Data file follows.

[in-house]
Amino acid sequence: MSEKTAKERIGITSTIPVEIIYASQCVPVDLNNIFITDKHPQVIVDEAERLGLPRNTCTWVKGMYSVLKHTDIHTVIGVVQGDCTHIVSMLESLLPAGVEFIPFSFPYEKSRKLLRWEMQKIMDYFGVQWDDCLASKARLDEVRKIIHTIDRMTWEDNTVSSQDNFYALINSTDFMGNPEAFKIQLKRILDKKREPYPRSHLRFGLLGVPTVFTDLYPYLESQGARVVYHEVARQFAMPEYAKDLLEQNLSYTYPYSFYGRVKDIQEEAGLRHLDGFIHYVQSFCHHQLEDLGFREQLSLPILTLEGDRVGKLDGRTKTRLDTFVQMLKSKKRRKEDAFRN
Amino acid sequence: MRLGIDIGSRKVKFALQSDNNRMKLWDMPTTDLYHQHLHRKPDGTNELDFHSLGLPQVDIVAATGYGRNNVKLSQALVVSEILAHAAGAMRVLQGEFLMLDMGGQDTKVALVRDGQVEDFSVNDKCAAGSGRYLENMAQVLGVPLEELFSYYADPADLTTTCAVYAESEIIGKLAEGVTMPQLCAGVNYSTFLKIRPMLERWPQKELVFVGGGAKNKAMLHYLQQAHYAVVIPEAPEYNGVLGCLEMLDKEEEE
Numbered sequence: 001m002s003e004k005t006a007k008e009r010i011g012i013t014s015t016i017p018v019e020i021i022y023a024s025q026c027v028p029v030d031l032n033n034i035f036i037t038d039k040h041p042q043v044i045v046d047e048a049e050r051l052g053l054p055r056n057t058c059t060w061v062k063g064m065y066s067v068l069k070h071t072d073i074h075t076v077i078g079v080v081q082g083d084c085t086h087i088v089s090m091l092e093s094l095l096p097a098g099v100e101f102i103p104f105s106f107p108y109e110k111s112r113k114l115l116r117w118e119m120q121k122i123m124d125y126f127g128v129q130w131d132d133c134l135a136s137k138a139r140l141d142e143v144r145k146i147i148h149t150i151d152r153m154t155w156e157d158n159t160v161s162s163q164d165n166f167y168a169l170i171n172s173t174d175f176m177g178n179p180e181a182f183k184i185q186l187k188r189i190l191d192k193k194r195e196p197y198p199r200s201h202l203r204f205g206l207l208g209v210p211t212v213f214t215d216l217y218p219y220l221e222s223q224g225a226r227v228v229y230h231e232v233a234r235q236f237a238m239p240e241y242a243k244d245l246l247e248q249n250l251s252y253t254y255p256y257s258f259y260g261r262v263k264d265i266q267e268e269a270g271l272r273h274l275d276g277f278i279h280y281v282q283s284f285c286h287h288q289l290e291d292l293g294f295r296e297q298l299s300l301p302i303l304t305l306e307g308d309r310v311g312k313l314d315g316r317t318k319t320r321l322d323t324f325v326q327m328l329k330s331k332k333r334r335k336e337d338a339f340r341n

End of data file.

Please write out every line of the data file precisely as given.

[in-house]
Amino acid sequence: MSEKTAKERIGITSTIPVEIIYASQCVPVDLNNIFITDKHPQVIVDEAERLGLPRNTCTWVKGMYSVLKHTDIHTVIGVVQGDCTHIVSMLESLLPAGVEFIPFSFPYEKSRKLLRWEMQKIMDYFGVQWDDCLASKARLDEVRKIIHTIDRMTWEDNTVSSQDNFYALINSTDFMGNPEAFKIQLKRILDKKREPYPRSHLRFGLLGVPTVFTDLYPYLESQGARVVYHEVARQFAMPEYAKDLLEQNLSYTYPYSFYGRVKDIQEEAGLRHLDGFIHYVQSFCHHQLEDLGFREQLSLPILTLEGDRVGKLDGRTKTRLDTFVQMLKSKKRRKEDAFRN
Amino acid sequence: MRLGIDIGSRKVKFALQSDNNRMKLWDMPTTDLYHQHLHRKPDGTNELDFHSLGLPQVDIVAATGYGRNNVKLSQALVVSEILAHAAGAMRVLQGEFLMLDMGGQDTKVALVRDGQVEDFSVNDKCAAGSGRYLENMAQVLGVPLEELFSYYADPADLTTTCAVYAESEIIGKLAEGVTMPQLCAGVNYSTFLKIRPMLERWPQKELVFVGGGAKNKAMLHYLQQAHYAVVIPEAPEYNGVLGCLEMLDKEEEE
Numbered sequence: 001m002s003e004k005t006a007k008e009r010i011g012i013t014s015t016i017p018v019e020i021i022y023a024s025q026c027v028p029v030d031l032n033n034i035f036i037t038d039k040h041p042q043v044i045v046d047e048a049e050r051l052g053l054p055r056n057t058c059t060w061v062k063g064m065y066s067v068l069k070h071t072d073i074h075t076v077i078g079v080v081q082g083d084c085t086h087i088v089s090m091l092e093s094l095l096p097a098g099v100e101f102i103p104f105s106f107p108y109e110k111s112r113k114l115l116r117w118e119m120q121k122i123m124d125y126f127g128v129q130w131d132d133c134l135a136s137k138a139r140l141d142e143v144r145k146i147i148h149t150i151d152r153m154t155w156e157d158n159t160v161s162s163q164d165n166f167y168a169l170i171n172s173t174d175f176m177g178n179p180e181a182f183k184i185q186l187k188r189i190l191d192k193k194r195e196p197y198p199r200s201h202l203r204f205g206l207l208g209v210p211t212v213f214t215d216l217y218p219y220l221e222s223q224g225a226r227v228v229y230h231e232v233a234r235q236f237a238m239p240e241y242a243k244d245l246l247e248q249n250l251s252y253t254y255p256y257s258f259y260g261r262v263k264d265i266q267e268e269a270g271l272r273h274l275d276g277f278i279h280y281v282q283s284f285c286h287h288q289l290e291d292l293g294f295r296e297q298l299s300l301p302i303l304t305l306e307g308d309r310v311g312k313l314d315g316r317t318k319t320r321l322d323t324f325v326q327m328l329k330s331k332k333r334r335k336e337d338a339f340r341n